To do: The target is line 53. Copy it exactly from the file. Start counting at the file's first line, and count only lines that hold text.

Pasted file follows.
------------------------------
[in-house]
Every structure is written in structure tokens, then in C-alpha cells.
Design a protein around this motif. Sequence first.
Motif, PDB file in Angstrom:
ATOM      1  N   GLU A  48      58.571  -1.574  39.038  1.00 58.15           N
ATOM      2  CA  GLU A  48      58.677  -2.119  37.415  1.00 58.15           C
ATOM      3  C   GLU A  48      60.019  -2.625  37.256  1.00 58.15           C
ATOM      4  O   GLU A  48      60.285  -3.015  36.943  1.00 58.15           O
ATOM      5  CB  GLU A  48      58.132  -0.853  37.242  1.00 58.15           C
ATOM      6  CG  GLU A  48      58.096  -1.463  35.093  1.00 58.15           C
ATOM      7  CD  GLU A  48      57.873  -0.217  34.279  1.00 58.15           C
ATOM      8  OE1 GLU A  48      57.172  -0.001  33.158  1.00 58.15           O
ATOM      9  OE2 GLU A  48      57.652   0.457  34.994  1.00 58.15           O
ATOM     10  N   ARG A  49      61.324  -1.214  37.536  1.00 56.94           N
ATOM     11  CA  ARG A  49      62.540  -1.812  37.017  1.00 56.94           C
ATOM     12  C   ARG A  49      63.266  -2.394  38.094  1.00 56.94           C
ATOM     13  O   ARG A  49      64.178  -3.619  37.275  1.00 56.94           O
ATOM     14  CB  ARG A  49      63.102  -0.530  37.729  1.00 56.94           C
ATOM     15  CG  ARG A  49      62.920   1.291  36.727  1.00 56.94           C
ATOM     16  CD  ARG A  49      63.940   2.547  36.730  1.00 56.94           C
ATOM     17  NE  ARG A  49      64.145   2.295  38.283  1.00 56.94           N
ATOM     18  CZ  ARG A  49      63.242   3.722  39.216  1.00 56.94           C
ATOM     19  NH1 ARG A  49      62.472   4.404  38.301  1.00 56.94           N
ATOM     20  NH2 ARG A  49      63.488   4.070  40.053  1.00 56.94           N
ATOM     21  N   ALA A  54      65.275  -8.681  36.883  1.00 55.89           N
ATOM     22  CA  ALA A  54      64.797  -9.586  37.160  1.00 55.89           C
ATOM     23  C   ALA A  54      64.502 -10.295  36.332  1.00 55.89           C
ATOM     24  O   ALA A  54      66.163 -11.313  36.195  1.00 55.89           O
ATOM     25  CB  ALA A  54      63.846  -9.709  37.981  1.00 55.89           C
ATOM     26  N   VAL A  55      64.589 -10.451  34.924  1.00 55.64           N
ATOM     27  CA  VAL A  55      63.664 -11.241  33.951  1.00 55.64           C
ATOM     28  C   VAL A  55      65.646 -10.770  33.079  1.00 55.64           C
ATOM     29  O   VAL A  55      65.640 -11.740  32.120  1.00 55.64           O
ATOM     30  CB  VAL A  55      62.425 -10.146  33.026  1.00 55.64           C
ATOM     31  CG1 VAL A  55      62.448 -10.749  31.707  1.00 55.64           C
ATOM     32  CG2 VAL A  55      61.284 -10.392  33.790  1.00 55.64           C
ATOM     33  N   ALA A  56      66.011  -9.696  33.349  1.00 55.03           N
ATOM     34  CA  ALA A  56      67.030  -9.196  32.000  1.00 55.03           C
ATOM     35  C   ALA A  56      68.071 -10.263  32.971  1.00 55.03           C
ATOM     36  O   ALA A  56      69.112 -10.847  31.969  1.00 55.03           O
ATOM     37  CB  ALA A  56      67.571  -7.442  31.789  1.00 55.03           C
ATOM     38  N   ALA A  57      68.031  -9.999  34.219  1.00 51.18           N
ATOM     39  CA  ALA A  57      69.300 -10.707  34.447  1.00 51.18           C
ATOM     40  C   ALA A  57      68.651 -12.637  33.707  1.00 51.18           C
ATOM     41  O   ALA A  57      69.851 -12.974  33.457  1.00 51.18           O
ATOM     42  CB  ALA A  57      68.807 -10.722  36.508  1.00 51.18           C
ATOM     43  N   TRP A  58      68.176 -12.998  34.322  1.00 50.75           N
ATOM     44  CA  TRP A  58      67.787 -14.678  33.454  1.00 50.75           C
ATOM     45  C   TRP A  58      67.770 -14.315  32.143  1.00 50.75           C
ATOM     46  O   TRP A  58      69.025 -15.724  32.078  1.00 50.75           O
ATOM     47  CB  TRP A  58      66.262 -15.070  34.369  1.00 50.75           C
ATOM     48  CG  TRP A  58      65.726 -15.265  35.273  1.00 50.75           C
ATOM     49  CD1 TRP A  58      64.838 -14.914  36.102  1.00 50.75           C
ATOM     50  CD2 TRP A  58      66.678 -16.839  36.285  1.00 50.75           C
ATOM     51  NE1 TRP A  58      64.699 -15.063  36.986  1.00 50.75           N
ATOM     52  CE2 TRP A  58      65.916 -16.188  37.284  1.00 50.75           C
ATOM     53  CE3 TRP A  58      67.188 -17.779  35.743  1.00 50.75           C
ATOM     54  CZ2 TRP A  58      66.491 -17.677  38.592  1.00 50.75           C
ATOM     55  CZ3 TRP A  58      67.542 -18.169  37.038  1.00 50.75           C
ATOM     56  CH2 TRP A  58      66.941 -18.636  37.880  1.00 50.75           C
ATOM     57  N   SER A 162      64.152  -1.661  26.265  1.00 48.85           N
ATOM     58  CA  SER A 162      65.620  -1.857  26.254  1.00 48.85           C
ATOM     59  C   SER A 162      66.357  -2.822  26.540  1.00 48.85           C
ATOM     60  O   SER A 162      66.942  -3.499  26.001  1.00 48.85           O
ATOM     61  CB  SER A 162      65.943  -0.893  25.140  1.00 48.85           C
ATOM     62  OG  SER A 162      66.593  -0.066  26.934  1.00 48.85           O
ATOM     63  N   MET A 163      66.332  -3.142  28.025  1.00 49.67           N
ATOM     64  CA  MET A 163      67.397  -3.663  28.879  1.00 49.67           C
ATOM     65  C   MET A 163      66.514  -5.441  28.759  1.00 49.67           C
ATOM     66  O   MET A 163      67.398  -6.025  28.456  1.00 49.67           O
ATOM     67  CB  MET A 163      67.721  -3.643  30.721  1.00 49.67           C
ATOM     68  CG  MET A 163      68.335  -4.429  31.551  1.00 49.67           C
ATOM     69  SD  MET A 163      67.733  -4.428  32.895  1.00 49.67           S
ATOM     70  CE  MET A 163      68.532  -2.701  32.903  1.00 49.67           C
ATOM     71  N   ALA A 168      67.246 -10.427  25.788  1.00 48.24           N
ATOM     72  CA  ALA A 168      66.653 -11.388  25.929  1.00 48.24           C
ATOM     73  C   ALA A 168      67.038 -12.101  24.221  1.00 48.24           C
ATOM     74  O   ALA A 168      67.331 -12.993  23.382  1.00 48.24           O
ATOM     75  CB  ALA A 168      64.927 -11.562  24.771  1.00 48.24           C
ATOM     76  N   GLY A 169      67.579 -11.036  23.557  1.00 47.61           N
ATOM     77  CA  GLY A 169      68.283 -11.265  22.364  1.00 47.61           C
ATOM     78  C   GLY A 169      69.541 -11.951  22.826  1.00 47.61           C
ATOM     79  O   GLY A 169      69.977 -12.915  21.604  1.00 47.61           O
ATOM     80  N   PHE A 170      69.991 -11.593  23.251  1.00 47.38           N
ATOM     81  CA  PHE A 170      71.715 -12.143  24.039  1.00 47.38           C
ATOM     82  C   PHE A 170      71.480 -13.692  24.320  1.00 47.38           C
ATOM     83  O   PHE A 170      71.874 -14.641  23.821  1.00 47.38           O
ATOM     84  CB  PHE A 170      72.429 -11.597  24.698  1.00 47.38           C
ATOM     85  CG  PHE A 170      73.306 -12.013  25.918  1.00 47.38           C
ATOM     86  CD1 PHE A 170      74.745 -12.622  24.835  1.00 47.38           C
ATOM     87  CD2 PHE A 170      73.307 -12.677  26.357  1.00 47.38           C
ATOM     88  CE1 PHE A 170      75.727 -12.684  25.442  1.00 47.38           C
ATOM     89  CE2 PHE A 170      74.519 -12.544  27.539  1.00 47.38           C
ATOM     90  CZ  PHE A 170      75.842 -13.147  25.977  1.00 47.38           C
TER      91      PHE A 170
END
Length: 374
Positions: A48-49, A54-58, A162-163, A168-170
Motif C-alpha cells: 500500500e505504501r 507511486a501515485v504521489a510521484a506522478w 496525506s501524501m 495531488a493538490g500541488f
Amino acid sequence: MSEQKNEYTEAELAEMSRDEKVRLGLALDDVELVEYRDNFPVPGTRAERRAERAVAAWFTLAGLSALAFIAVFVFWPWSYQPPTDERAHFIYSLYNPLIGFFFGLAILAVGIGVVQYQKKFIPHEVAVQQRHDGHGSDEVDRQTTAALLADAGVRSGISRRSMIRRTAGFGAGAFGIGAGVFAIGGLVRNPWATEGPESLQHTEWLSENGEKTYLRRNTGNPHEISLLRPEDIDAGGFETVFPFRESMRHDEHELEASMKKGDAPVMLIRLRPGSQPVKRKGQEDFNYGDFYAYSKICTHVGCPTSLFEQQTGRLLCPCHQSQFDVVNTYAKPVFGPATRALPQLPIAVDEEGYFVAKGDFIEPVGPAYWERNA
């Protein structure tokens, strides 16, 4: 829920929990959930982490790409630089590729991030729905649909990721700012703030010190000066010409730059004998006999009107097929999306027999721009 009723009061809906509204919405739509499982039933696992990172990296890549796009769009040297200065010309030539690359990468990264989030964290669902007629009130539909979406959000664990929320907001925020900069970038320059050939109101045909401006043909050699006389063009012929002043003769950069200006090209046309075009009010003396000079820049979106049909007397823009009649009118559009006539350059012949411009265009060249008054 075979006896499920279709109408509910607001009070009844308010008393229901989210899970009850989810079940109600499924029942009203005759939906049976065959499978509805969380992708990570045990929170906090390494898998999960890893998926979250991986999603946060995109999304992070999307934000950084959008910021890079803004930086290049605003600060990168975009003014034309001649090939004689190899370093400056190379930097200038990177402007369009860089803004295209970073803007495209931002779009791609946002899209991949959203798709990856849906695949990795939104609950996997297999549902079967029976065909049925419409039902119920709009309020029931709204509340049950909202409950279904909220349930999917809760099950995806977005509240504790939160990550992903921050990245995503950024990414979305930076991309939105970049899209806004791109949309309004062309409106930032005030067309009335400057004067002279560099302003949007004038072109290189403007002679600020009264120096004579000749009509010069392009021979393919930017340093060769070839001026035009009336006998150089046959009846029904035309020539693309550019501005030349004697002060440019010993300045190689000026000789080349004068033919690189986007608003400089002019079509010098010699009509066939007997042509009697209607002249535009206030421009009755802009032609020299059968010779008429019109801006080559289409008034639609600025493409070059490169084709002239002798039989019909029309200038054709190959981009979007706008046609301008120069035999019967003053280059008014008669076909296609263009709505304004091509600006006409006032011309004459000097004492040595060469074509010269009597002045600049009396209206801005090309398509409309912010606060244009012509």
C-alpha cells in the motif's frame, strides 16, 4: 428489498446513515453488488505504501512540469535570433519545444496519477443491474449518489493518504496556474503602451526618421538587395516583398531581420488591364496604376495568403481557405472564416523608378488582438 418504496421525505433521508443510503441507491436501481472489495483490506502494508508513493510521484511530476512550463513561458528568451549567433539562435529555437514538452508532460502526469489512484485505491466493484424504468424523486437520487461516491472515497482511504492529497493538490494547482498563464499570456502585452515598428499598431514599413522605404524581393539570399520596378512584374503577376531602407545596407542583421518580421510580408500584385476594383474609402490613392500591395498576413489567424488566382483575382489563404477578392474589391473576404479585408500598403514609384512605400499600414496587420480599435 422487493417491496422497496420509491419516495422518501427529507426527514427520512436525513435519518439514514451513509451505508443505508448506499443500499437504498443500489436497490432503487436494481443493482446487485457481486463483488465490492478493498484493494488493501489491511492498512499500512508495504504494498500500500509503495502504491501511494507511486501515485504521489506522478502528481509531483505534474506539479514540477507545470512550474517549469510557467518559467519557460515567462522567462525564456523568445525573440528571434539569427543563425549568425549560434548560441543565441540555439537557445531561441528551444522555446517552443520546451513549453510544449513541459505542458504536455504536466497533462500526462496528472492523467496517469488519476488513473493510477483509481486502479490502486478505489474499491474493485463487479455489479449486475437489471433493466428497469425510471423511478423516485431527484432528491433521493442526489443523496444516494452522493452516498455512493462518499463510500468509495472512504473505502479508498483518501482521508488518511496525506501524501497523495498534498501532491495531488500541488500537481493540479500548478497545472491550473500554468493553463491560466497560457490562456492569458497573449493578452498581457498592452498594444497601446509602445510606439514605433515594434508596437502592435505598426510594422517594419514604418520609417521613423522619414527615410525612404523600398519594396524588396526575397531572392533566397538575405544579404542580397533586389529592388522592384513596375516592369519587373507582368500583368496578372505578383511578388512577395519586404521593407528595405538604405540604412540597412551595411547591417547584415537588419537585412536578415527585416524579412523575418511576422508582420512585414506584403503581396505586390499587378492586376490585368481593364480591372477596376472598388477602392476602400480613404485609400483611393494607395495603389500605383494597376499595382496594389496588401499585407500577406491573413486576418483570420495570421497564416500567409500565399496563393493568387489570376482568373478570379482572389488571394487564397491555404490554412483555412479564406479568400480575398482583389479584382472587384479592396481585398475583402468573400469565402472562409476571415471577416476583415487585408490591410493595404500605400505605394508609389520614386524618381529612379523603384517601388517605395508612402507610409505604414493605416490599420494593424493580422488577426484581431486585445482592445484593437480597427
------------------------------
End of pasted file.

ATOM     49  CD1 TRP A  58      64.838 -14.914  36.102  1.00 50.75           C